—it feels like a death even though your children are alive, especially when you cannot have contact with those children. So be sensitive and understanding to the needs of the Mother, and allow her time to grieve and process. If you see the Mother is struggling, gently ask to help or offer support but also respect her answer, don’t force yourself onto her. I remember that after I lost my kids, my church sent me a postcard that said “We prayed for you” and the prayer team signed their names to it—that meant so much to me. Simple gestures go a long way, and one of the most profound gestures is loving acceptance. Give the Mother your love and acceptance—not your “should’s”,

2. Comments that you must have done something to make the Court take your kids/Good moms don’t lose custody of their children. Comments that Insist a Mother must “prove” her case. Examples: I don’t believe you//Judges would never award custody an abuser/Courts are always fair etc …

The Reality: Fit, loving Mothers who are primary caregivers lose custody at alarming rates—this is happen across the US, and all over the world. Your initial reaction may be disbelief, and for good reason, but don’t project that disbelief onto the Mother—take some time to process your own feelings before approaching the Mother or take time to educate yourself on the issues. The Mother will be hurting, and will need your support. The questions you have are probably are ones running through the Mother’s mind over and over. And are questions family court reformers are struggling with now. Even if you don’t have the answers for what happened in court or in her custody situation, focus on what you do have control of and ways you can offer support or help—make a cup of hot chocolate, suggest a support group or day at the spa, lead a prayer, bring her a meal, offer to help with housework.. etc When the Mother is ready, she may open up and talk more about her situation, for her to do that she must have trust in you, and feel safe. That process begins with offering support, and being present with her in her pain—not questioning, just being available.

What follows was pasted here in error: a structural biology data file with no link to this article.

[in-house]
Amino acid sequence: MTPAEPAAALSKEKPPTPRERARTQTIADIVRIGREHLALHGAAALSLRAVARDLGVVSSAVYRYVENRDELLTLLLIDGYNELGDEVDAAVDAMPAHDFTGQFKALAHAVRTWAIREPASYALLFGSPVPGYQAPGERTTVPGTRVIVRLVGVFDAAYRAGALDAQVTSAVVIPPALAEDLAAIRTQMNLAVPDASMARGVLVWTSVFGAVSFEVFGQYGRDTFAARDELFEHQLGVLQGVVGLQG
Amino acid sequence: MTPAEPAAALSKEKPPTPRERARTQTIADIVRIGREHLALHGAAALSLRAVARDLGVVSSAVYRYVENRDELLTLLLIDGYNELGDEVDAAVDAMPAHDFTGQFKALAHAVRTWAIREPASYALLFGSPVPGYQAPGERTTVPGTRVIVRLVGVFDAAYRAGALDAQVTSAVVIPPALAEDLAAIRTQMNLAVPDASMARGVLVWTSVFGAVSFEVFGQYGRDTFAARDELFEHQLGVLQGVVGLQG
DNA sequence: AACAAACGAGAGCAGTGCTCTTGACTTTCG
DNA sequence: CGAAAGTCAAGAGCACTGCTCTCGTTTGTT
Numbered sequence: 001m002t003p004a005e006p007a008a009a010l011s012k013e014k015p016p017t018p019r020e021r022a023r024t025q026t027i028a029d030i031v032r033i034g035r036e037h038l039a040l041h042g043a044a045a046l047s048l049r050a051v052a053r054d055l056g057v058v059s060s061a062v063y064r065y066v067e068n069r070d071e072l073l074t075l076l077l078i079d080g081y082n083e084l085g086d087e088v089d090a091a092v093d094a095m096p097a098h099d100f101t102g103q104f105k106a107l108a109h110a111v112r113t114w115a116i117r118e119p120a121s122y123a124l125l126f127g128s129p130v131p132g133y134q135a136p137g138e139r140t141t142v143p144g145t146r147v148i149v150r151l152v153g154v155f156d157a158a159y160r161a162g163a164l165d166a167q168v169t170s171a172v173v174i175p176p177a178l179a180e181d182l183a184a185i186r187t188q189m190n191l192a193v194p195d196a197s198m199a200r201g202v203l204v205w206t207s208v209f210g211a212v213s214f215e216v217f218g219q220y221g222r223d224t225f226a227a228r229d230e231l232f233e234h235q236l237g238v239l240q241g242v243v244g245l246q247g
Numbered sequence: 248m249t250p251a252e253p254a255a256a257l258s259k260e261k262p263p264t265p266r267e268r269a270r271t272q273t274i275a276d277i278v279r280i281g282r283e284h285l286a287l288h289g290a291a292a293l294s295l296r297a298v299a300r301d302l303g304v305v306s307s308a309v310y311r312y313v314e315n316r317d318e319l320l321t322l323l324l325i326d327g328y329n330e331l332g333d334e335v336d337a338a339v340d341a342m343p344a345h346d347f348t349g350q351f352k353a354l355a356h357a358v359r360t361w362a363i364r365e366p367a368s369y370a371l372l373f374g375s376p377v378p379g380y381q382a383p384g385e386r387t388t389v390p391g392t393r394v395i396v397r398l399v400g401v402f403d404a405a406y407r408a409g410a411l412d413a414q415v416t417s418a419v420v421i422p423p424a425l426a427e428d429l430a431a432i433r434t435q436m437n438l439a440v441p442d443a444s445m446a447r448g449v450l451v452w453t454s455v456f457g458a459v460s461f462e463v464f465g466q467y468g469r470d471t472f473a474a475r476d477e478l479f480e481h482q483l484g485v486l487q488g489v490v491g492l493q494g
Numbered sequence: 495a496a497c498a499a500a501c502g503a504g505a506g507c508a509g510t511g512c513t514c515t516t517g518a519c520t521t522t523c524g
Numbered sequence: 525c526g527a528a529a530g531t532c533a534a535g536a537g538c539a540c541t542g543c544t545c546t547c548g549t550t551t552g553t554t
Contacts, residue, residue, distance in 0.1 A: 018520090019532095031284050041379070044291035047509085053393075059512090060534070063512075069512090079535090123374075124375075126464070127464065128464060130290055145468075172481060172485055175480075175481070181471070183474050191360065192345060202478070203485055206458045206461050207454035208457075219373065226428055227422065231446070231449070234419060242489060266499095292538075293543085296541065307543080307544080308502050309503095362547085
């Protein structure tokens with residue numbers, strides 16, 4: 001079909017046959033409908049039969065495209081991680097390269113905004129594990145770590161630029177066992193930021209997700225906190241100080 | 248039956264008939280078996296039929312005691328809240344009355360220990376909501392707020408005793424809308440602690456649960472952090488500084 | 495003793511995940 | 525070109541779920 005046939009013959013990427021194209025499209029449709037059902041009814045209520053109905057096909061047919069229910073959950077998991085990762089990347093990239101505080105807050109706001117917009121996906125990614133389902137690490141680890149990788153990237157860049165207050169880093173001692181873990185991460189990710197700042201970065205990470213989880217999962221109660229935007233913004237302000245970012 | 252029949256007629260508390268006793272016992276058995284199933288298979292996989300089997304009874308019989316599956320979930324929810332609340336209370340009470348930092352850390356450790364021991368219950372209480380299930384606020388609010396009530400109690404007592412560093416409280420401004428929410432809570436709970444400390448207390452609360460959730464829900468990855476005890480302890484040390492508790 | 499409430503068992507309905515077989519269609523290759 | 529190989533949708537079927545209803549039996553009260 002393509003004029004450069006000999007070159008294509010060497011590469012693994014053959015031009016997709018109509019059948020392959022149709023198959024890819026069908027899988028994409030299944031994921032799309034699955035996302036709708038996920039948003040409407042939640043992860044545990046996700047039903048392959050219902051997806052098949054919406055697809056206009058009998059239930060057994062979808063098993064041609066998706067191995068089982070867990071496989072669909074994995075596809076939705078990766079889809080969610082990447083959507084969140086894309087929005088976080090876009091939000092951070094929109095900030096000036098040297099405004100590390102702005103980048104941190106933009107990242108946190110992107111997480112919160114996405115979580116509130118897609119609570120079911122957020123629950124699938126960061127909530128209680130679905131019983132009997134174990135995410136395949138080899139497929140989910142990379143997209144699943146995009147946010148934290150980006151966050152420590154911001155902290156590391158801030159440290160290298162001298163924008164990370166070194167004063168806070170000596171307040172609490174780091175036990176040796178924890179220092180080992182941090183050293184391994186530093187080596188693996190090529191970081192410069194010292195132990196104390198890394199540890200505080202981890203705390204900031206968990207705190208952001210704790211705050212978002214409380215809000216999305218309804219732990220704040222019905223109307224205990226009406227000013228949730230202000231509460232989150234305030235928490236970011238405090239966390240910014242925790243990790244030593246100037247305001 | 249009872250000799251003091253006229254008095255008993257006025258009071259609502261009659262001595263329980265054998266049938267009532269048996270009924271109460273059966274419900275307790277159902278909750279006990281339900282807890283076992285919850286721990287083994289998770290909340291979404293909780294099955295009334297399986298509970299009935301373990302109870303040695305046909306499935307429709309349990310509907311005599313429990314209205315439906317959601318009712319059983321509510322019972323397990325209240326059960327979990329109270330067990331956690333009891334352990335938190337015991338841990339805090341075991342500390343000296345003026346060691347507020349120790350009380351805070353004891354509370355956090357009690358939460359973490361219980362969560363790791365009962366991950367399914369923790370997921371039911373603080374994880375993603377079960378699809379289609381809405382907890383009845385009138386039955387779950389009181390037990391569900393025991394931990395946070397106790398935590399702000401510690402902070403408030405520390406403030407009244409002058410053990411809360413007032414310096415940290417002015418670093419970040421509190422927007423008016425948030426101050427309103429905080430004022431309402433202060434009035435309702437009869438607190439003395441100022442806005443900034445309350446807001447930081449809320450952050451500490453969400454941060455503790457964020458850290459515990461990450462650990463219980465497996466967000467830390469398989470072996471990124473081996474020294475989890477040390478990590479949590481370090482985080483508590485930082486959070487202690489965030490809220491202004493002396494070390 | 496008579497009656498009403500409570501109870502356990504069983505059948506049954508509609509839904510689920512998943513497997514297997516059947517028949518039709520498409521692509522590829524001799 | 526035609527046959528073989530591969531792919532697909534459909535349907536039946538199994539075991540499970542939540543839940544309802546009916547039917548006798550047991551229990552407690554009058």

1. Don’t say or do things that jeopardize the current custody case, custody situation or the Mother’s relationship to her child(ren).
This may include: Social media posts that threaten, criticize or harass the ex. Contacting the ex or making deals in order to see the children (or for other reasons). Publicly criticizing the Mother or showing a lack or support. Not respecting the Mother’s wishes or requests regarding her children or need for privacy. Breaking court orders. Talking negatively about either parent in front of the children. Putting the child in the middle of the custody dispute. Attending court hearings and showing emotional displays or outbursts in court, threatening either party, being disruptive or dressing provocatively in court. Publicly criticizing, harassing or naming the judge, attorneys, or other involved parties. Publicly naming the children, and revealing sensitive information about abuse allegations or information that should be private (legal name, address, date of birth, where they live, etc). Getting revenge on either party.